The video from the McMaster University Academic Skills Online Resources illustrates how reviewing material throughout the term (especially each day after class) can help increase knowledge on the subject. This process allows you to more effectively store the information in short- and long-term memory, which makes studying for an exam more productive. A transcript and a summary of the video are also available.


Lecture Notes

Note-taking is an individual process; however, there are several formats that work well for creating a logical and accessible record of the material presented in class.


Cornell Notes

Cornell Diagram [pdf]
Cornell notes provide a structure for reviewing course material before and after class and take lecture notes during class time.  This sample handout describes how to create Before, During, and After sections in lecture notes.

Blank Cornell sheet [pdf]
Formatted (but blank) sheet for taking Cornell Style notes.

Cornell Notes Generator
Using this website, you can generate a formatted page to use for taking Cornell notes in class.



Though it’s focused on outlining as a pre-writing activity, the Purdue University Online Writing Lab (OWL) provides outline criteria and examples that will help organize notes from readings/lectures as well.


Concept Cards

Look at an example of concept cards from Indiana University including descriptions of what to write on concept cards and how to use them for study.


Concept Maps

View an introduction to concept maps from the University of Illinois including how-to's and examples of many different types of concept maps.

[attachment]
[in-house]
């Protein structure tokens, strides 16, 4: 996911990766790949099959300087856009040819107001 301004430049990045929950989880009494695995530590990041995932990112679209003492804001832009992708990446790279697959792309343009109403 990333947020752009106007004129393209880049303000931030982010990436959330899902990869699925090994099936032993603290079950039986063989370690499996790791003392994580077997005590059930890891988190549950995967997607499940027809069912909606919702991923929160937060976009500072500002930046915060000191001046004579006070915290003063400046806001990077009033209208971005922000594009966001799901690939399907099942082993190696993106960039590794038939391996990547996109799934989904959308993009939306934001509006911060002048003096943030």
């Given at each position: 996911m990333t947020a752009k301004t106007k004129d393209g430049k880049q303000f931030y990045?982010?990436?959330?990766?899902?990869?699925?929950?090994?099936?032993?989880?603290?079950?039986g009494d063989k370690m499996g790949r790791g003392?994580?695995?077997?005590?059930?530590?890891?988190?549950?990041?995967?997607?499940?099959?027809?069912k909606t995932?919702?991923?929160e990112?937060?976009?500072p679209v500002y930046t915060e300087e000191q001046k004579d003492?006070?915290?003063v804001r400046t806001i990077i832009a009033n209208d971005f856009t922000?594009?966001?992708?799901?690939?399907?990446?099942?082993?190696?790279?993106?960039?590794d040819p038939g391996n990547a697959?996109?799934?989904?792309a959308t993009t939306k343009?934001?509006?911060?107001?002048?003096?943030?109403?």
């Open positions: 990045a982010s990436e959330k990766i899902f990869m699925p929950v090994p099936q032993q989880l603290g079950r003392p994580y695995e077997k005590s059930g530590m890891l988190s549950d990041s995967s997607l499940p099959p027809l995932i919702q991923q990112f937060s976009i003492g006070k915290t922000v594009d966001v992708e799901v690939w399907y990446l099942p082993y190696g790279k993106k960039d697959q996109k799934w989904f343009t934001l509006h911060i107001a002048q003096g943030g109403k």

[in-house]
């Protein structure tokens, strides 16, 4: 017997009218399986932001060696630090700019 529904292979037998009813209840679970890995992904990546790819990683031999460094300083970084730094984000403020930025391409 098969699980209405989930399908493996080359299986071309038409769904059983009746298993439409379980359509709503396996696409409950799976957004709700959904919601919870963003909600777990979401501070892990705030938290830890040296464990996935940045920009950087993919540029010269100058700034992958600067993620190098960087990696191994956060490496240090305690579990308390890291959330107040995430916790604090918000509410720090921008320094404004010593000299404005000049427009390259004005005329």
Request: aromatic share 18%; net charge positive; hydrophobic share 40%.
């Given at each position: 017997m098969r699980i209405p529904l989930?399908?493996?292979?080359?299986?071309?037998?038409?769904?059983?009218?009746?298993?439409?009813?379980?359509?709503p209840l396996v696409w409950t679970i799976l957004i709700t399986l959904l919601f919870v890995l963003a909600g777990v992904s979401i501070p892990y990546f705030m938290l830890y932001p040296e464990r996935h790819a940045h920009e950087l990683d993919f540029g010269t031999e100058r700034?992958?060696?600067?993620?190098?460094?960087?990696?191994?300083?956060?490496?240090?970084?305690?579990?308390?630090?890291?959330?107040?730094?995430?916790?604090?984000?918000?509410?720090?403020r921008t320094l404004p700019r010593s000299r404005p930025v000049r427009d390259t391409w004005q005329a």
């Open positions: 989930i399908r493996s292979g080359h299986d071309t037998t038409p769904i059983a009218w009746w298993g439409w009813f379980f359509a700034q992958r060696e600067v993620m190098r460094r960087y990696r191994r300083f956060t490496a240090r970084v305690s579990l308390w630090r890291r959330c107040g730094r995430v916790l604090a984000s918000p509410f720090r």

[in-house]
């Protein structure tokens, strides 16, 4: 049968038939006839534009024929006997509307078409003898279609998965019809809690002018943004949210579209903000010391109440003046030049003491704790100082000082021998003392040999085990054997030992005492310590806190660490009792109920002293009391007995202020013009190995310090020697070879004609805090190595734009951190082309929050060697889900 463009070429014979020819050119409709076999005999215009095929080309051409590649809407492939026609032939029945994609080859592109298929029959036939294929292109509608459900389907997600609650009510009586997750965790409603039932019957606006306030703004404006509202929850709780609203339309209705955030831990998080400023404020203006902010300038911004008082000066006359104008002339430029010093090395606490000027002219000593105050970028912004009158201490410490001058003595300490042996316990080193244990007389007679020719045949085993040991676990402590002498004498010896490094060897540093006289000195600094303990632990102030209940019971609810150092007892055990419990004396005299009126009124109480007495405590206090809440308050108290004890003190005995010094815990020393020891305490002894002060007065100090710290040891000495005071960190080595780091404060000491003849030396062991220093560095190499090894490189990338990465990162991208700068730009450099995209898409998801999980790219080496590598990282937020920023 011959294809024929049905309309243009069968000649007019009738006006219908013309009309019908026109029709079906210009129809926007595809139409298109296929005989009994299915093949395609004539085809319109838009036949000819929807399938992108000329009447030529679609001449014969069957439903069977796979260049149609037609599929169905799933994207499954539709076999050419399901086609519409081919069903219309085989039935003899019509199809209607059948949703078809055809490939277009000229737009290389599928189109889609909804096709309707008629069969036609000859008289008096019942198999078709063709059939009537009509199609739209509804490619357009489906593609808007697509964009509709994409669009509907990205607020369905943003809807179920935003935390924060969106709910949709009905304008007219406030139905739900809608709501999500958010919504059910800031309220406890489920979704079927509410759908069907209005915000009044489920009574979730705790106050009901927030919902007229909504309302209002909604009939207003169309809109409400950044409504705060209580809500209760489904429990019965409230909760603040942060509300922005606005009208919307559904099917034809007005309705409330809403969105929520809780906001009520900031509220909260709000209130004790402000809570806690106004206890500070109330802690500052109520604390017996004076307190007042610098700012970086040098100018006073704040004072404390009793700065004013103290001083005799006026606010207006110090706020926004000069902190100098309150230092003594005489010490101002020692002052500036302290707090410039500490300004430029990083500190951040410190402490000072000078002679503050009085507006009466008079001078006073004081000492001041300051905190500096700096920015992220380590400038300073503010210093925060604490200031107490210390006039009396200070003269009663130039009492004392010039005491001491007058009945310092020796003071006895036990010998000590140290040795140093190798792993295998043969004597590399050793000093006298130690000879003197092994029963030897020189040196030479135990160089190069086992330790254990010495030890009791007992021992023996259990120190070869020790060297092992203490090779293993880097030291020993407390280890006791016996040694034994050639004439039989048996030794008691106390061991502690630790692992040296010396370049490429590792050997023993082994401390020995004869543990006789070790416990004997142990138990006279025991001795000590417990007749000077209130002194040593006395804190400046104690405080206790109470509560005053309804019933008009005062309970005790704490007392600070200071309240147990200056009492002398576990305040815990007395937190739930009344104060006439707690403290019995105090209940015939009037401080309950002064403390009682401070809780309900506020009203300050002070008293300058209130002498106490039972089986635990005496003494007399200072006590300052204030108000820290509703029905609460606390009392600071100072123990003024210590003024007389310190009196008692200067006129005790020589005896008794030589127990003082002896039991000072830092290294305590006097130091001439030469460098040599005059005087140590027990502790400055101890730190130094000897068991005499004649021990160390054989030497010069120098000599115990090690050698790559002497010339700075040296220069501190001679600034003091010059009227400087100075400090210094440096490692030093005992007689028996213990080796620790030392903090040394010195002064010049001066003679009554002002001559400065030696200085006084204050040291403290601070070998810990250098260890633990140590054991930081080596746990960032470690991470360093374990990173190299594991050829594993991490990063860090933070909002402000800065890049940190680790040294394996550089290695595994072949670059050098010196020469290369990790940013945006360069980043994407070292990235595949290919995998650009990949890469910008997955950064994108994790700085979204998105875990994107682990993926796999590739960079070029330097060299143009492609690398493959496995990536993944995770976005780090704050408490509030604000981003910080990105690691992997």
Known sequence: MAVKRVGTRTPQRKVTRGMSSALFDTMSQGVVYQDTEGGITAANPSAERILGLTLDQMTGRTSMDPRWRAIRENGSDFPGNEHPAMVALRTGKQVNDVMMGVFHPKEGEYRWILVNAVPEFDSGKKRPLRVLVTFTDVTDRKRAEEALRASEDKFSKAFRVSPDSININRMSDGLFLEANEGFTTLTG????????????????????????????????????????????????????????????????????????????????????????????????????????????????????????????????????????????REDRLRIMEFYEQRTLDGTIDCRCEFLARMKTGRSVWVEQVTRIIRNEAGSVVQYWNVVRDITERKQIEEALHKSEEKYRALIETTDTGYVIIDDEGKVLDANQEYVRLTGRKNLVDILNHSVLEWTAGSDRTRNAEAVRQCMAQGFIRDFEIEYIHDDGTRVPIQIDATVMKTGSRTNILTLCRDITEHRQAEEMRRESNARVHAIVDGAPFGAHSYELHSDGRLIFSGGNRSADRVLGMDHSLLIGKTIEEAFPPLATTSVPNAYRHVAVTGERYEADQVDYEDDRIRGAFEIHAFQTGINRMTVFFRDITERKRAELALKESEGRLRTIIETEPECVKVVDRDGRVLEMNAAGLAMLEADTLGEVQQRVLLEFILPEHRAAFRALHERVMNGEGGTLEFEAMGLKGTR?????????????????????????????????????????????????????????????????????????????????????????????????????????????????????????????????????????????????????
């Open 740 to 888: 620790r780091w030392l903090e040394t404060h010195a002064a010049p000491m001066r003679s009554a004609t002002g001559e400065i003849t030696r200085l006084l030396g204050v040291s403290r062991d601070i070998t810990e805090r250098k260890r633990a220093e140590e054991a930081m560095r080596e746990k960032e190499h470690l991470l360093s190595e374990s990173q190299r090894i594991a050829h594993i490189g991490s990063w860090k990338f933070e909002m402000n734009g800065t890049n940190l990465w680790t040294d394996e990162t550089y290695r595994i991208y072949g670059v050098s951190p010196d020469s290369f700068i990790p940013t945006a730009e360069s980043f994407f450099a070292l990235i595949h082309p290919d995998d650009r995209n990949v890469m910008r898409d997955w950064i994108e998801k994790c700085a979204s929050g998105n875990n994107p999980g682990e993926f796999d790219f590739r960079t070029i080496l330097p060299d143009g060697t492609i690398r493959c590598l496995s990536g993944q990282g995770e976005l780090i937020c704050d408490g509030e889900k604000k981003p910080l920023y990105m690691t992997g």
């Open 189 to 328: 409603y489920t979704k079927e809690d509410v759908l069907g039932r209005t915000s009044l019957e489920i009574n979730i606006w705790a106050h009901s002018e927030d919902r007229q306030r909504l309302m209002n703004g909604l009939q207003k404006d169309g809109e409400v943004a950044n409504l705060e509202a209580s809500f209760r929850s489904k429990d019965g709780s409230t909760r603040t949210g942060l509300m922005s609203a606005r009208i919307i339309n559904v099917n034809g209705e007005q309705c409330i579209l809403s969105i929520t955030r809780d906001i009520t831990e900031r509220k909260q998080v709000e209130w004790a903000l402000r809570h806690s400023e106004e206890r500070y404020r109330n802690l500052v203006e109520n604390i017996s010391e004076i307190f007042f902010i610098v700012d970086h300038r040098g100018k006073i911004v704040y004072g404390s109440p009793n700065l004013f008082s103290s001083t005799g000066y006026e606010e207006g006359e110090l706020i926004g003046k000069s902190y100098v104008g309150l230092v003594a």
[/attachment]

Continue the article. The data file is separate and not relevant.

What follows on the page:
This University of Virginia website has several Concept Map Examples including ways to use and format concept maps for a variety of classes.



Active Reading


The Cook Counseling Center at Virginia Tech explains each step in the Survey, Question, Read, Recite, Review (SQ3R) method.

The University of Wisconsin has a nice tutorial about the SQ3R method.

This Reading Improvement Video from Dartmouth College describes preparing to read, increasing reading speed, and the SQ3R process in detail.


Read in layers

What is Critical Reading? [pdf]
Reading in layers means going beyond simply comprehending the words and delving deeper to analyze and interpret the text. This handout includes a description of both critical reading and critical thinking.


Reading in the Sciences

Learn How to Read a Science Textbook on this Wittenberg University site. It was written specifically for an introductory Chemistry class, but has applications to other science courses. 

The Cuesta College Academic Support Center describes a step-by-step process for reading and comprehending scientific texts.



Annotating is underlining important ideas in your text and using the margin to write notes that summarize and expand on the text. Writing down information can improve your recall, and already having important information selected helps when you review for exams or prepare to write an essay.

This Bucks Community College site provides suggestions for effective annotations as well as an example.

How to Mark a Section of a Textbook Chapter
This sample from Cuesta College illustrates annotations for a chapter of reading entitled Newton’s Third Law of Motion.


Double entry notes

Double-Entry Notes [pdf]
Double-entry notes use a table format. In one column you can paraphrase or quote the author and, in the next column, write personal ideas about the text. A sample of double–entry notes is included.

Double-Entry Notes Template [pdf]
This is a blank template for taking double entry notes.



The Colorado State University Writing Studio describes different methods for writing a summary depending on how you want to use it.

The Drew University website describes how to write a meaningful and effective summary.